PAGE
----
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Primrose Press ~ California
(Tia Blassingame)

 

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Tia Blassingame: "Through my work I am interested in engaging what I call the reader/viewer in a conversation about historical and contemporary racism in the United States using printmaking techniques in the book form, so artists' books. I kind of try to seduce the reader through materials, color, tactility, pacing to kind of slow their initial impulse to sort of avoid or flee a conversation about race."
   

Mourning/Warning 2
Numbers and Repeaters
By Tia Blassingame
New Haven, Connecticut: Primrose Press, 2018. Edition of 26.

8.5 x 11"; 24 pages including wrappers. Digitally printed in Josefin Sans typeface. Saddle stitch (stapled) binding. Signed and numbered by the artist.

Tia Blassingame: "This set of numerical and repeater, or substitute, maritime flags compliments the alternative alphabetical flags featured in Mourning/Warning: An Abecedarian. The repeaters make character duplication possible and can make historical and contemporary patterns of suffering, grief, humiliation painfully apparent."

Colophon: "Stripping the maritime alphabet of its primary colors and replacing them with muted browns and blacks, Mourning/Warning highlights the relationship of Americans of the African diaspora to water, maritime trade, and the need for an alternate means of communication in times of emergency and duress. How do you send a warning call that hatred comes constantly in waves?

"M/W serves as a method of honoring, mourning, and remembering the slain and wronged as well as teaching our children and ourselves to be vigilant and wary in hostile terrain, where your skin color makes you an easy target

"The names of victims of police brutality, unsolved murders, violence motivated by homophobia and transphobia with missing individuals like Phoenix Coldon fill this edition. John Robinson represents the victims whose murders go unsolved and seemingly forgotten for decades. For too many, justice remains distant."
$280

Mourning/Warning 2 book
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Marching Lost
By Tia Blassingame
Washington, DC: Primrose Press, 2012. Edition of 40.

8.5 x 11" single sheet. Letterpress printed in Garamond BE typeface on Moab Entrada paper.

Tia Blassingame: "This broadside combines a sketch and poem to address the invisibility of the homeless and their displacement by political protests."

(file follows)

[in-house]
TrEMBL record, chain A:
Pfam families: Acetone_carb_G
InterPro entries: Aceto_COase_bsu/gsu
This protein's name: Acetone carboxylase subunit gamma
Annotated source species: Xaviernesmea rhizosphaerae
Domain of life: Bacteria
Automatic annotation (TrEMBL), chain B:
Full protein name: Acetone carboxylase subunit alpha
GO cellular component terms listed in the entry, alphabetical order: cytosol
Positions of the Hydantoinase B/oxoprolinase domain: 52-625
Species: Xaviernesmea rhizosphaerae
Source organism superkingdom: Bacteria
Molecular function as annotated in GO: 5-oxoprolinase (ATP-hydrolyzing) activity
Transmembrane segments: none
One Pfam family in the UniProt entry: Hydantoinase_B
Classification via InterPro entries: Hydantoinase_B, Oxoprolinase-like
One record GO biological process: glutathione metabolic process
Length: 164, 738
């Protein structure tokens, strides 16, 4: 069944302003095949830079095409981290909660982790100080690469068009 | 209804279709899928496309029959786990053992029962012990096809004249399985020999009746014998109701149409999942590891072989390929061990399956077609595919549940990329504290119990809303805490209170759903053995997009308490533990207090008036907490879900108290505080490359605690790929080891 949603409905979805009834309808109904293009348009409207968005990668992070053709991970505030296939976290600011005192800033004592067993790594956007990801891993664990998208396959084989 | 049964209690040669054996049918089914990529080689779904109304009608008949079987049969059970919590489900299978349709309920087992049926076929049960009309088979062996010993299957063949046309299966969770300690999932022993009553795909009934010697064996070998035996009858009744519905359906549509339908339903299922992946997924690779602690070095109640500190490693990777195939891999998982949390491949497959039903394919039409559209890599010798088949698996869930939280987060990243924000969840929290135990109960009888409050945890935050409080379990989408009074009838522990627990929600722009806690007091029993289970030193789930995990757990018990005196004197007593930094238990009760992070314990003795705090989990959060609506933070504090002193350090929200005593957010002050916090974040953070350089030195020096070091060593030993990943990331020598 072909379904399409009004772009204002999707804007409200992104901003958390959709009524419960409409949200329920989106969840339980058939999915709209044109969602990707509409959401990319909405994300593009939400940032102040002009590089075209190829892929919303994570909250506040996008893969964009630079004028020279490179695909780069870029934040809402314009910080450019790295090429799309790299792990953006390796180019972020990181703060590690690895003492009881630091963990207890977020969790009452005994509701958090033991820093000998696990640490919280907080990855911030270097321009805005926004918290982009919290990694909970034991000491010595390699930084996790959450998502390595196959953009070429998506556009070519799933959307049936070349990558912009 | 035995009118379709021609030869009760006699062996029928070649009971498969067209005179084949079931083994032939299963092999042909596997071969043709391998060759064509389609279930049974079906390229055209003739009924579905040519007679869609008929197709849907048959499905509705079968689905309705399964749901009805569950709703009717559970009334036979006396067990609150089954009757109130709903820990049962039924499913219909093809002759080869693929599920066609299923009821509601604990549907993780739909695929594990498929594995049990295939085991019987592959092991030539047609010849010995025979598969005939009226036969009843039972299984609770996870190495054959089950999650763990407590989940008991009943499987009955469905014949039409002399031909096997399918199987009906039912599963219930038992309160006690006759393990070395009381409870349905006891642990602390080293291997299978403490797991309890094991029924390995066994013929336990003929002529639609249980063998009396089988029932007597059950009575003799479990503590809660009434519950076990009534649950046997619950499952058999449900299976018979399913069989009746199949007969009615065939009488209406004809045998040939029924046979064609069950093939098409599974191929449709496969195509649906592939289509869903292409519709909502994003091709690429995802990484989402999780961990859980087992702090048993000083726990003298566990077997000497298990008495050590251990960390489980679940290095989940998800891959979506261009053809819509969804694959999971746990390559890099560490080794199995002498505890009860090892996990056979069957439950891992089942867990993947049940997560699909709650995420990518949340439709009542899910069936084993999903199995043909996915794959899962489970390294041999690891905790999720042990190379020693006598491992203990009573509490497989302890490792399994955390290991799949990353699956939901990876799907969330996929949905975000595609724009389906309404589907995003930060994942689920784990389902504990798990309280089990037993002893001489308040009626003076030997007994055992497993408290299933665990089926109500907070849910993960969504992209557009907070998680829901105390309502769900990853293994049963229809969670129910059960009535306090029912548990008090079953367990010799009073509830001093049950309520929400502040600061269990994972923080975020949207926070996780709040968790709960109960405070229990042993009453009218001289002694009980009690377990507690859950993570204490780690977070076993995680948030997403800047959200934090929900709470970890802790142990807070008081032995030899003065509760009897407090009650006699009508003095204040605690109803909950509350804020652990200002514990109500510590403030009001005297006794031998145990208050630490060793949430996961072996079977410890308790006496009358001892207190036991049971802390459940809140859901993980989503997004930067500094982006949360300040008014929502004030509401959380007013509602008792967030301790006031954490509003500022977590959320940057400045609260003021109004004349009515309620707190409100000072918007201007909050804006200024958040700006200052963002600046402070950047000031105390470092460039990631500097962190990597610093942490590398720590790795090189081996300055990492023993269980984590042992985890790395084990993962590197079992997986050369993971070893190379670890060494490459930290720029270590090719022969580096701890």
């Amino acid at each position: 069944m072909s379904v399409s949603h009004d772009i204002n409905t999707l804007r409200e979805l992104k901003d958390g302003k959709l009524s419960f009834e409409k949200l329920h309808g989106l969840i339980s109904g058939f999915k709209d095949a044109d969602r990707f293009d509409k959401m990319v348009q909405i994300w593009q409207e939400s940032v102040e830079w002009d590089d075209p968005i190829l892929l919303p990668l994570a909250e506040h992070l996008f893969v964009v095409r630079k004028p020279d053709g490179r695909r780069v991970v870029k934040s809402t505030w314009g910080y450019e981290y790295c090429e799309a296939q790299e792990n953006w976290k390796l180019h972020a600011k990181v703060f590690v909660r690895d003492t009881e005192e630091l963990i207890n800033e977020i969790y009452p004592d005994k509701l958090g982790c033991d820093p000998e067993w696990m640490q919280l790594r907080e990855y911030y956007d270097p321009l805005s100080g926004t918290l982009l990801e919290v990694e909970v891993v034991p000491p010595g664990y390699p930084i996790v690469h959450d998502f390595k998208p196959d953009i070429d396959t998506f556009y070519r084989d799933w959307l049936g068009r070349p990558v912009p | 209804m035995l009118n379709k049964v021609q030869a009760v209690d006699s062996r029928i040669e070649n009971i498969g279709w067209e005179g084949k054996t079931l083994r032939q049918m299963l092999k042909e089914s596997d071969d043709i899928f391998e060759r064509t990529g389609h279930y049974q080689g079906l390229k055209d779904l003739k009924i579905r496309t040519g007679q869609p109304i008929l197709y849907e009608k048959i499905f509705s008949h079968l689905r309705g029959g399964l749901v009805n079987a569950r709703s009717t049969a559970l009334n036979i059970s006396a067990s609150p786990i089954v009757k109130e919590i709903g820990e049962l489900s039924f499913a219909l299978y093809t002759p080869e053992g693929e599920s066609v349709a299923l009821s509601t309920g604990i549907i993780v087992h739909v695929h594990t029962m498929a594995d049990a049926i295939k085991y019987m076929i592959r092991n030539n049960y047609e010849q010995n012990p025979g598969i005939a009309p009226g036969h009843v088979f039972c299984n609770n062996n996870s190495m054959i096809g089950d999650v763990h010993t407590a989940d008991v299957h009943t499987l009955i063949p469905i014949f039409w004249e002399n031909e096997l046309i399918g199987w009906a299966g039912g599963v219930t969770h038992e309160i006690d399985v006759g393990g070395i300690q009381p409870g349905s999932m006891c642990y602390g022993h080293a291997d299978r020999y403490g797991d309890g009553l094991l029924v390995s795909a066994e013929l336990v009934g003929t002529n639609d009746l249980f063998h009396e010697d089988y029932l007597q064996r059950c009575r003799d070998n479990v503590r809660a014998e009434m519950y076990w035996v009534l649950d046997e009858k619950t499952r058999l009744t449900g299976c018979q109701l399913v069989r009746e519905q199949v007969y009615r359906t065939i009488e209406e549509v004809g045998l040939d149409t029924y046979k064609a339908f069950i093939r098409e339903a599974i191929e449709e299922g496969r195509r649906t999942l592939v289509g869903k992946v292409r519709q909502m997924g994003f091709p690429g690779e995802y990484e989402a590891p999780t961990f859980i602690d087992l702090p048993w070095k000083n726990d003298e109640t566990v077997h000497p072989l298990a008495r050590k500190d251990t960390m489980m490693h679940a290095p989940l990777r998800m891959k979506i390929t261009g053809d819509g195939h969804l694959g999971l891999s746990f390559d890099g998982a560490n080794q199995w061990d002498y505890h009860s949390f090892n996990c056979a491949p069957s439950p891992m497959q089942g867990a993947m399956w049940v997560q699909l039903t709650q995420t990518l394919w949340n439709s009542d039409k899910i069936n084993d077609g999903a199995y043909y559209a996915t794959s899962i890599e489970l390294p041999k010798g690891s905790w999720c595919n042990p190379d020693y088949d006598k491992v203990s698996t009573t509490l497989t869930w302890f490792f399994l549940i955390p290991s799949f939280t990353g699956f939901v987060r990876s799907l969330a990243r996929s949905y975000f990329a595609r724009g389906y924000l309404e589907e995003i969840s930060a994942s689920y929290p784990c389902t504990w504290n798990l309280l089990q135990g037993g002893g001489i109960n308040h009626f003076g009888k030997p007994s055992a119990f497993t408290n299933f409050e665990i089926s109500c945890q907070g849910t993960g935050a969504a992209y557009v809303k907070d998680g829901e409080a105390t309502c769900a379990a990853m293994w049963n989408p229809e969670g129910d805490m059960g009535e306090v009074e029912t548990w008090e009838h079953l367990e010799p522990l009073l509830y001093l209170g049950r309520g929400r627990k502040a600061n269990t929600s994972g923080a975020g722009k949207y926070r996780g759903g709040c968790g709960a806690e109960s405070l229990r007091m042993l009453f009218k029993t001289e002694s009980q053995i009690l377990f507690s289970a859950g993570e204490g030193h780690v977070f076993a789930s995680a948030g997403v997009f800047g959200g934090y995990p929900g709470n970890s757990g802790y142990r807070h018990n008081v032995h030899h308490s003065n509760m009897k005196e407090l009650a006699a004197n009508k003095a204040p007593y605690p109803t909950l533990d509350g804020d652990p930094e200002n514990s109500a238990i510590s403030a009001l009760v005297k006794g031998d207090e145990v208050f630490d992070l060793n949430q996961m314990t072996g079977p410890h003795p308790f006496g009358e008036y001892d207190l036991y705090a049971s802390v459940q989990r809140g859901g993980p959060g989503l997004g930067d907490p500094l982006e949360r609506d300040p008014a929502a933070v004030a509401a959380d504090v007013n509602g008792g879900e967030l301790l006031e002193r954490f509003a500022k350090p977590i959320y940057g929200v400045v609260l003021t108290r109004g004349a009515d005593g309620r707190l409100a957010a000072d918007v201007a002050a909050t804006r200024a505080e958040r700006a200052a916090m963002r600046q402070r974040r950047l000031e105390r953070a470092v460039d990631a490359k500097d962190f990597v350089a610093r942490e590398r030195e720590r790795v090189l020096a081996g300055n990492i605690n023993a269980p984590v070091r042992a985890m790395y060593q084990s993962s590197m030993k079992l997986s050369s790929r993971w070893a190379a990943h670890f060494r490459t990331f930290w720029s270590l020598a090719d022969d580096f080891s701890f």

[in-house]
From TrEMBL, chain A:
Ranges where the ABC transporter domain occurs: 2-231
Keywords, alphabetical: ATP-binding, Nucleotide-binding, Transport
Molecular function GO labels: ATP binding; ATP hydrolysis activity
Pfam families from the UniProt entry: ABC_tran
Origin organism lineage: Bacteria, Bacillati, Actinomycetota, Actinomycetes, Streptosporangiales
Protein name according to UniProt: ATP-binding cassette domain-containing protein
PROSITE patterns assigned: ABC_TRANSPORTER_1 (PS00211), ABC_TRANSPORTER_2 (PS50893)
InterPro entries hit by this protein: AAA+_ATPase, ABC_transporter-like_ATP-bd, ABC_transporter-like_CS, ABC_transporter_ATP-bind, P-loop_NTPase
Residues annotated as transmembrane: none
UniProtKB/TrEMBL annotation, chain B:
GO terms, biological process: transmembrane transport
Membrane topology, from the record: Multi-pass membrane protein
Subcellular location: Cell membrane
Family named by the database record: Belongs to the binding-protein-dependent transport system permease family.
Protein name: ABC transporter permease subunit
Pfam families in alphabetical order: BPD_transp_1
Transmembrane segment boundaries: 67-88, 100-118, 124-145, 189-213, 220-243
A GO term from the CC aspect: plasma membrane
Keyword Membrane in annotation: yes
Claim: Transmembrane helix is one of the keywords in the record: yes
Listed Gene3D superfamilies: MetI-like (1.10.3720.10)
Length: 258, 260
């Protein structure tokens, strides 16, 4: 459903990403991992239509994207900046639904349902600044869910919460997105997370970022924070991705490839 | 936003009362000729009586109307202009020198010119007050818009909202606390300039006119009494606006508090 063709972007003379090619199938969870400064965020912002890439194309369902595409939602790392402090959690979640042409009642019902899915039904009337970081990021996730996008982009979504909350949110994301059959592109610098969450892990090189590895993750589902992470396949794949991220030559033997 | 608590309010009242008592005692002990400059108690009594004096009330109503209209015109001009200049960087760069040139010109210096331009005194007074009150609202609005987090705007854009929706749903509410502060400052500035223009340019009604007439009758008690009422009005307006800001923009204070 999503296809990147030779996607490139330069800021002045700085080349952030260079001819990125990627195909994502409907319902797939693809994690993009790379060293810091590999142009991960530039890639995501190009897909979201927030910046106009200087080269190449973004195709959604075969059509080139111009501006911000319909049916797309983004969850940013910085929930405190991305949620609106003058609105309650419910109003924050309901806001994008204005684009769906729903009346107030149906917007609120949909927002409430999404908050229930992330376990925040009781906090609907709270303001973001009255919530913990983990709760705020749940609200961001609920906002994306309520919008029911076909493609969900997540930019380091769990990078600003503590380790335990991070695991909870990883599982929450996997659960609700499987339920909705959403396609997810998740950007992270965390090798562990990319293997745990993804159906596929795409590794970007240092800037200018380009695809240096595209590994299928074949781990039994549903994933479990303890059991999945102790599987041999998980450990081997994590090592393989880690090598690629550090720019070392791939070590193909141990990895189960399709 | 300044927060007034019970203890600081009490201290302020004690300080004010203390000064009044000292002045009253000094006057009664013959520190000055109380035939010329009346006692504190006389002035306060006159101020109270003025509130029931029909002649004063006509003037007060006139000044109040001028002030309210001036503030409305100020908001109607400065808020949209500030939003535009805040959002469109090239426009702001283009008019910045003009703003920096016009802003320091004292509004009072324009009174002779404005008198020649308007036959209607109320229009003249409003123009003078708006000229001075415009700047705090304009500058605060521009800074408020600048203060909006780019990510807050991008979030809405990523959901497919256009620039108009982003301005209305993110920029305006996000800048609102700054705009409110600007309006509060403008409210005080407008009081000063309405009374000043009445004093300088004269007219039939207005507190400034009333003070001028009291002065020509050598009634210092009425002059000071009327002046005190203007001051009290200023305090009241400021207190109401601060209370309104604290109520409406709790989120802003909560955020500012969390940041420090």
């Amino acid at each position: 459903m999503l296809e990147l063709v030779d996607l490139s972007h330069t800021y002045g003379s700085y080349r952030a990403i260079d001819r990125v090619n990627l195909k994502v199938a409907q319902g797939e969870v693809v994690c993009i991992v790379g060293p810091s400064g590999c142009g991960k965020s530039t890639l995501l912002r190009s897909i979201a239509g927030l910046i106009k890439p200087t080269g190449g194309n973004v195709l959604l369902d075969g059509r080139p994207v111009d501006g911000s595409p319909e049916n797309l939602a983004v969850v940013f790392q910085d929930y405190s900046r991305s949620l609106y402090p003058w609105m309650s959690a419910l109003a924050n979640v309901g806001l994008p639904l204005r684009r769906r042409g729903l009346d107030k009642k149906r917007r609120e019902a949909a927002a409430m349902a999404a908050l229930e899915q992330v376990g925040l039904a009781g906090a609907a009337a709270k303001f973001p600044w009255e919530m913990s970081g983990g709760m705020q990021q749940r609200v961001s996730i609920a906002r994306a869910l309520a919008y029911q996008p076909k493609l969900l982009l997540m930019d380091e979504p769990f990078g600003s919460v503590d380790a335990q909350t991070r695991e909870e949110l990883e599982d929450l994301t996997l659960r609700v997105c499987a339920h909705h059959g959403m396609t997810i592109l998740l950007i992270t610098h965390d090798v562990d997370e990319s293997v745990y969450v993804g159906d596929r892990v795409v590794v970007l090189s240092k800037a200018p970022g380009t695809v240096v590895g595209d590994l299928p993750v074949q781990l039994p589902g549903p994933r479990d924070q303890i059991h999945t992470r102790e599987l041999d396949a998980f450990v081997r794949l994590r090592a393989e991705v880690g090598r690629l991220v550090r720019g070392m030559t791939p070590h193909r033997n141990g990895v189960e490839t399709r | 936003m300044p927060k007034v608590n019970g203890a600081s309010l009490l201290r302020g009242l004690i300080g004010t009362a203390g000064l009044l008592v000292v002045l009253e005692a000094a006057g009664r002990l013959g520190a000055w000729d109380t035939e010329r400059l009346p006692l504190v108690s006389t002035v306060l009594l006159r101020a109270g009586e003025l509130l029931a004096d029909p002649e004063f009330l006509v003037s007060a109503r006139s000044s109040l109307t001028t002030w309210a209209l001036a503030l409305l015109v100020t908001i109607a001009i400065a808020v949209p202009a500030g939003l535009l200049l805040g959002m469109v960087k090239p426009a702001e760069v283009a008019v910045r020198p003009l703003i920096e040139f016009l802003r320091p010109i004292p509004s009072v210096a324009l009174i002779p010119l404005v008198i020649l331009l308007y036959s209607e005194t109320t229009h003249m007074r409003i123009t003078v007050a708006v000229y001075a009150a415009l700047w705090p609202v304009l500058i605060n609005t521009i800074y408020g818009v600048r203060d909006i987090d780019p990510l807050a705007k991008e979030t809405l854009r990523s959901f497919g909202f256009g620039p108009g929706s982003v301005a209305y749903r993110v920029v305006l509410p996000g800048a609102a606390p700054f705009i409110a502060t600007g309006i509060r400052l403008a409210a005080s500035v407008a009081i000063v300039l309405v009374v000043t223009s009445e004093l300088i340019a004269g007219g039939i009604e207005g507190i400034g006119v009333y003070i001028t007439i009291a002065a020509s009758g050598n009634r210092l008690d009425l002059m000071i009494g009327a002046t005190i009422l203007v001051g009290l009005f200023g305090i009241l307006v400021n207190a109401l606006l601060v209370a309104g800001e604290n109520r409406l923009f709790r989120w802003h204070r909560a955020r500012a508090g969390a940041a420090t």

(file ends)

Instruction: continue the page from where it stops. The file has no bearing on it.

Bus stops transformed into bedrooms
Doorways, storefronts into living room and stage
The audience driving past

March Lost

Parked shopping carts alongside Audis and BMWs
Muttering, crying
Unheard, unseen too visible and too loud cursing

Marching lost
Found cold

$25

Marching Lost book
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Primrose Press Out of Print Title:  
   

A Love Story
By Tia Blassingame
New Haven, Conn & Claremont, Calif: Primrose Press, 2018.
Edition of 30.

8.5 x 11"; 30 pages including covers. Color digital print. Printed in Avenir, Cinzel, and Cinzel Decorative typefaces. Background images of artist's collages. Saddle stich binding (stapled). Signed and numbered by the artist.

Tia Blassingame: "Conceived of at the Paper & Book Intensive (PBI) at Oxbow School of Art in Saugatuck, Michigan May 2017, the book is about love of craft and the book arts field. Related to making artists' books with a social justice focus, it presents the artist's creative process including printing, editioning, and presenting. Between criss crossing the country, the artist employed the collage making process to de-stress while maintaining focus on simultaneous projects focused on issues of race and racism."

Colophon: "For just over a year, I had been working on a project about love, or trying to at least. Then I accepted that I was not in love with any person. there was no man with whom I wanted to connect, but there was love of craft, of practice, of field. with that realization, this project quickly came together. I hope this book speaks more eloquently that I on my process of creating an artist's book from conception to the last stitch and beyond.

"Many magazines and newsletters were torn up to create a dozen collages. The collage-making process was used as a way to de-stress and simultaneously maintain progress and focus on this and other projects that dealt with issues of race and racism. Flown between the two coasts repeatedly, many notebooks and hotel writing pads as well as a laptop are filled with notes, drafts, and diagrams for this book."
(SOLD/Out of Print)

A Love Story book
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Commonplace
By ia Blassingame
[Silver Spring, Maryland]: Primrose Press, 2011. Edition of 7.

3.25 x 7.25" closed, extends to 9"; 8 pages. Flutter book construction. Sumi-e ink and linoleum block prints. Printed on Japanese washi paper. Handbound in cherry red Japanese cloth over boards. Title label on front board handset letterpress on Primrose Press handmade paper. Signed and numbered by the artist.

Tia Blassingame: "Commonplace is a flutter book. It consists of original poetry letterpress printed with sumi-e ink and linoleum block prints that emulate cherry blossoms flowing in the breeze."